In the 1990s, Manchester City was not a club that anyone would have argued that you should emulate. In what was arguably the worst overall decade of the club’s history, they managed to become the first club to have won a European trophy to then get relegated to that nation’s third tier of professional football.
Although it was a short stay at that level – Paul Dickov and a miracle comeback at Wembley made sure that the blue half of Manchester’s time in League One was a single season – it still was a glaring reminder of how bad things had gotten.
It didn’t help that that same period also corresponded with the rise of Manchester United to global dominance and United fans were sure to remind their Sky Blue neighbours that their team “wins fuck all.” Another thing they liked to hold over City was the lack of stability at the club.
While United was led by a man that would eventually be knighted for his work, City trotted out 10 different men as manager during that decade. It’s an absolutely absurd turnover that ensured that no one ever had a chance to stamp their vision on the club to help drag their way back to respectability.
Ten managers in a decade. Insane, right? No club in its right mind could possibly ever top that.
With yesterday’s firing of Frank Lampard, Chelsea will name its 10th manager since 2011 today. It’s not a perfect decade (or analogy since Chelsea has won things over that time, albeit with a much higher budget than the City of the 1990s), but it’s a pretty damning comment on the way that club is run. They are winning despite themselves.
If you don’t like the old City comparison, here’s a more current one: Chelsea has had twice as many managers as any other club in England’s so-called Big Six during the period. United, Liverpool and Spurs have had five each, City four and Arsenal only three.
Not great, Roman. Not great.
As for today’s piece of business it’s easy to justify it. Lampard always seemed out of his depth and it was only because they performed slightly above expectations in 2019-20 that he lasted even this long. The reality is that he likely was offered the job ahead of when he was ready and it was probably because no “big” manager was willing to come while Chelsea had a transfer ban.
With that ban reduced to a single window, Lampard was able to bring in some of his guys and, unfortunately for him, the club’s performance didn’t improve. In fact, it probably dropped when he no longer was managing in a pressure free, play-the-kids way.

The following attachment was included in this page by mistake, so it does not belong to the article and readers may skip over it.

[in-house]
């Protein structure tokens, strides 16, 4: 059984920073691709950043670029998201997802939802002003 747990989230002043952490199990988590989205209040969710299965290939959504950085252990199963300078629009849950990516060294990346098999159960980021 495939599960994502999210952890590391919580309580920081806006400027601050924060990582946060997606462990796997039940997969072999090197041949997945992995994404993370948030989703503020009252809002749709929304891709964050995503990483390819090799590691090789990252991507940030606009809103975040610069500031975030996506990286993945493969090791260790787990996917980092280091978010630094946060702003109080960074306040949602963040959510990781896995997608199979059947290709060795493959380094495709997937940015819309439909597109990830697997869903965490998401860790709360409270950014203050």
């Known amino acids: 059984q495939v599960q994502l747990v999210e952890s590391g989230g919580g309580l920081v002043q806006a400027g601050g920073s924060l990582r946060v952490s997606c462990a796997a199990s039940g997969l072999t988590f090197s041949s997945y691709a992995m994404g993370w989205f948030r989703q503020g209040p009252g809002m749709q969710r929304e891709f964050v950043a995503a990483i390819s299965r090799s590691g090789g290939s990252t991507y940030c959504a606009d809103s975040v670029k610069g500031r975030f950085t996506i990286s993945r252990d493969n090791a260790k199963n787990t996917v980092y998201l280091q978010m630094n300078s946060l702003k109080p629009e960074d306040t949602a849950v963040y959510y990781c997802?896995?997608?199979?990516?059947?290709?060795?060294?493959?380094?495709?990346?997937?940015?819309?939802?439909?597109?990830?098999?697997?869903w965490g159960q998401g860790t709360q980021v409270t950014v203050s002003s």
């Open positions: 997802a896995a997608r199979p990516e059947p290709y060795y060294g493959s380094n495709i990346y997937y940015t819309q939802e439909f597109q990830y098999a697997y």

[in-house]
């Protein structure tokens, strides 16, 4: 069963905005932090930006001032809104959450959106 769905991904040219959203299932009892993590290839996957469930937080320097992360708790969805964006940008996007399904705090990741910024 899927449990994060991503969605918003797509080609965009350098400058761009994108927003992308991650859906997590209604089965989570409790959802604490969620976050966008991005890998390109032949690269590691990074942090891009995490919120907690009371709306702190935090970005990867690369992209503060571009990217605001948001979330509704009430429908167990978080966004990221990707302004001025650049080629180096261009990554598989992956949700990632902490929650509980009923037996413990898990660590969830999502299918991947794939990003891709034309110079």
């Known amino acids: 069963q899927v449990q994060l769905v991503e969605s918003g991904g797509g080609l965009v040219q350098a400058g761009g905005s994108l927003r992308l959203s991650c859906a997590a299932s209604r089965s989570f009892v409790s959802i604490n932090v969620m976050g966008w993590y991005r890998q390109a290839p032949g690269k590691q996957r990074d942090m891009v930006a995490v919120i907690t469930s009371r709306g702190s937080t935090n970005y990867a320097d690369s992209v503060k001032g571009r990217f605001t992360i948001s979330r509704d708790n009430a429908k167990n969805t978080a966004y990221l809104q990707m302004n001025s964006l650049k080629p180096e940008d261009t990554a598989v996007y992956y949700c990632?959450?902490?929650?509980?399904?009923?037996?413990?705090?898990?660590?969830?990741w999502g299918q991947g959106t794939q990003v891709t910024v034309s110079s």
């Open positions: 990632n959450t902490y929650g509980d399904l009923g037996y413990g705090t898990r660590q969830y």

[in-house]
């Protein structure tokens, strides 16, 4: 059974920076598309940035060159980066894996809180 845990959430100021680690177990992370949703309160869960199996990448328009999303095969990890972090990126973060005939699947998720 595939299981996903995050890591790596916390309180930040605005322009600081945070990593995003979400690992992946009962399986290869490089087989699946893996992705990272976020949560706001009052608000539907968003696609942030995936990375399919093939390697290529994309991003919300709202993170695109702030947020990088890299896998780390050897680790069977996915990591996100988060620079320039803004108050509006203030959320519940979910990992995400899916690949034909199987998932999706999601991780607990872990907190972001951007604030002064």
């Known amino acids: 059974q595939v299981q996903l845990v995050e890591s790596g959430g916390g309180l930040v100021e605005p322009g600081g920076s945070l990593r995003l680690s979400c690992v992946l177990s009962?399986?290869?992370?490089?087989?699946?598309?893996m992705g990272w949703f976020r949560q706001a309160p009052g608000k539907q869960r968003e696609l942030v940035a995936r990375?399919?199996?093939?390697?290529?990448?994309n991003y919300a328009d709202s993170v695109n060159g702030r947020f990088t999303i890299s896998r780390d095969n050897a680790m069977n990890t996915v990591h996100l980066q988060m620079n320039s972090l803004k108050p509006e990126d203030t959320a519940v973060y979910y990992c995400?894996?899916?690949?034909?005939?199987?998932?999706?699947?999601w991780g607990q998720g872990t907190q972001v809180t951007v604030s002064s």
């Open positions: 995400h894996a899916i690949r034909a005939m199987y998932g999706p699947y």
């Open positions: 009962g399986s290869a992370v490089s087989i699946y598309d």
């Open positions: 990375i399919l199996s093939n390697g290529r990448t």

So, firing Lampard was probably for the best. In isolation, you can justify any firing though. It’s the pattern of behaviour that is harder to glaze over.
Chelsea either consistently makes the wrong hire, or doesn’t let a good hire manage through a hard time. The result is chaos and a club that, in context to its wealth, is spinning its wheels. Since they won the Champions League – with a considerable amount of dumb luck, it must be said – it’s hard to pinpoint what Chelsea has been. They seem further away from being a championship team now than at any time since they got oil money rich.
Unfortunately, for Chelsea fans it’s hard to see things changing much now under Thomas Tuchel. With the German, you have a manager that has already been involved in two different power struggles that resulted in him forced out of jobs at BvB and PSG. In fact, it seems like he’s walking into the exact kind of environment that he left at both of those clubs. What’s the old adage about repeating the same behaviours and expecting a different result?
As the must-read book Soccernomics points out, the problem with churning through managers is that each new one comes in with their ideas and their favourites and ends up disrupting everything (and spending way too much money). That’s why it’s often best to let managers work their way out of slumps. But, that isn’t always possible, so when you make a change you had best be ready to give them a long rope. Otherwise, you’ll probably end up repeating the whole process all over again in short order.
Like Chelsea. Again.
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